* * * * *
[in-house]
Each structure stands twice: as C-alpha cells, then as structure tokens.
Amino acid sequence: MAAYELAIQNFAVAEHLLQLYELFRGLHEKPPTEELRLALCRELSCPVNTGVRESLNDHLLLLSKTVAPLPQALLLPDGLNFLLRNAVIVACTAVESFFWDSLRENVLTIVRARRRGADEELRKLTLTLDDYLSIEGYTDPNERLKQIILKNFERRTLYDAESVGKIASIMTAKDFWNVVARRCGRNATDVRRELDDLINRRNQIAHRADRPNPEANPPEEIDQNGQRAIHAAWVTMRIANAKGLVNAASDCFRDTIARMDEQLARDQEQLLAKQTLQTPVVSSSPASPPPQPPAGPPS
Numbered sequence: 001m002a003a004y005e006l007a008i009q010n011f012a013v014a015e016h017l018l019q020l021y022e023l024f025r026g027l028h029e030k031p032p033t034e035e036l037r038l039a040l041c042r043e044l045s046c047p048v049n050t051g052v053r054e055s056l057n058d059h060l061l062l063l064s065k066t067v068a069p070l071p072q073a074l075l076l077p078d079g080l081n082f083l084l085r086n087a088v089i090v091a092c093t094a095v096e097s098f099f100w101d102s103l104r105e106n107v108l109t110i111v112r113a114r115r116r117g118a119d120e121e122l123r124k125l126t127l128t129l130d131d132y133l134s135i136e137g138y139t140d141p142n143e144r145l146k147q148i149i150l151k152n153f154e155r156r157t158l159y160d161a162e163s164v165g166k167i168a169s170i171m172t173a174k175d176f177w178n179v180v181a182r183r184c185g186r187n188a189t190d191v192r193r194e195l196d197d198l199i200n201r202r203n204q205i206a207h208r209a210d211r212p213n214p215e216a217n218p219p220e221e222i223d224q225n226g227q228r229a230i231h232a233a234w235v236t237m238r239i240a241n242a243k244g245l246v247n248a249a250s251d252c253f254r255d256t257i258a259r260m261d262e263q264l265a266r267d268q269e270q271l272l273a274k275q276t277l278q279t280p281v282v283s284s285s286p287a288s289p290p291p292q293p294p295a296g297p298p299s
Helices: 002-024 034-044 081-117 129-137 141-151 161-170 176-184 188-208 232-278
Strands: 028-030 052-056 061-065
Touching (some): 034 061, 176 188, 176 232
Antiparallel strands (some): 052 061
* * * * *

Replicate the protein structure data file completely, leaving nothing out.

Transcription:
[in-house]
Each structure stands twice: as C-alpha cells, then as structure tokens.
Amino acid sequence: MAAYELAIQNFAVAEHLLQLYELFRGLHEKPPTEELRLALCRELSCPVNTGVRESLNDHLLLLSKTVAPLPQALLLPDGLNFLLRNAVIVACTAVESFFWDSLRENVLTIVRARRRGADEELRKLTLTLDDYLSIEGYTDPNERLKQIILKNFERRTLYDAESVGKIASIMTAKDFWNVVARRCGRNATDVRRELDDLINRRNQIAHRADRPNPEANPPEEIDQNGQRAIHAAWVTMRIANAKGLVNAASDCFRDTIARMDEQLARDQEQLLAKQTLQTPVVSSSPASPPPQPPAGPPS
Numbered sequence: 001m002a003a004y005e006l007a008i009q010n011f012a013v014a015e016h017l018l019q020l021y022e023l024f025r026g027l028h029e030k031p032p033t034e035e036l037r038l039a040l041c042r043e044l045s046c047p048v049n050t051g052v053r054e055s056l057n058d059h060l061l062l063l064s065k066t067v068a069p070l071p072q073a074l075l076l077p078d079g080l081n082f083l084l085r086n087a088v089i090v091a092c093t094a095v096e097s098f099f100w101d102s103l104r105e106n107v108l109t110i111v112r113a114r115r116r117g118a119d120e121e122l123r124k125l126t127l128t129l130d131d132y133l134s135i136e137g138y139t140d141p142n143e144r145l146k147q148i149i150l151k152n153f154e155r156r157t158l159y160d161a162e163s164v165g166k167i168a169s170i171m172t173a174k175d176f177w178n179v180v181a182r183r184c185g186r187n188a189t190d191v192r193r194e195l196d197d198l199i200n201r202r203n204q205i206a207h208r209a210d211r212p213n214p215e216a217n218p219p220e221e222i223d224q225n226g227q228r229a230i231h232a233a234w235v236t237m238r239i240a241n242a243k244g245l246v247n248a249a250s251d252c253f254r255d256t257i258a259r260m261d262e263q264l265a266r267d268q269e270q271l272l273a274k275q276t277l278q279t280p281v282v283s284s285s286p287a288s289p290p291p292q293p294p295a296g297p298p299s
Helices: 002-024 034-044 081-117 129-137 141-151 161-170 176-184 188-208 232-278
Strands: 028-030 052-056 061-065
Touching (some): 034 061, 176 188, 176 232
Antiparallel strands (some): 052 061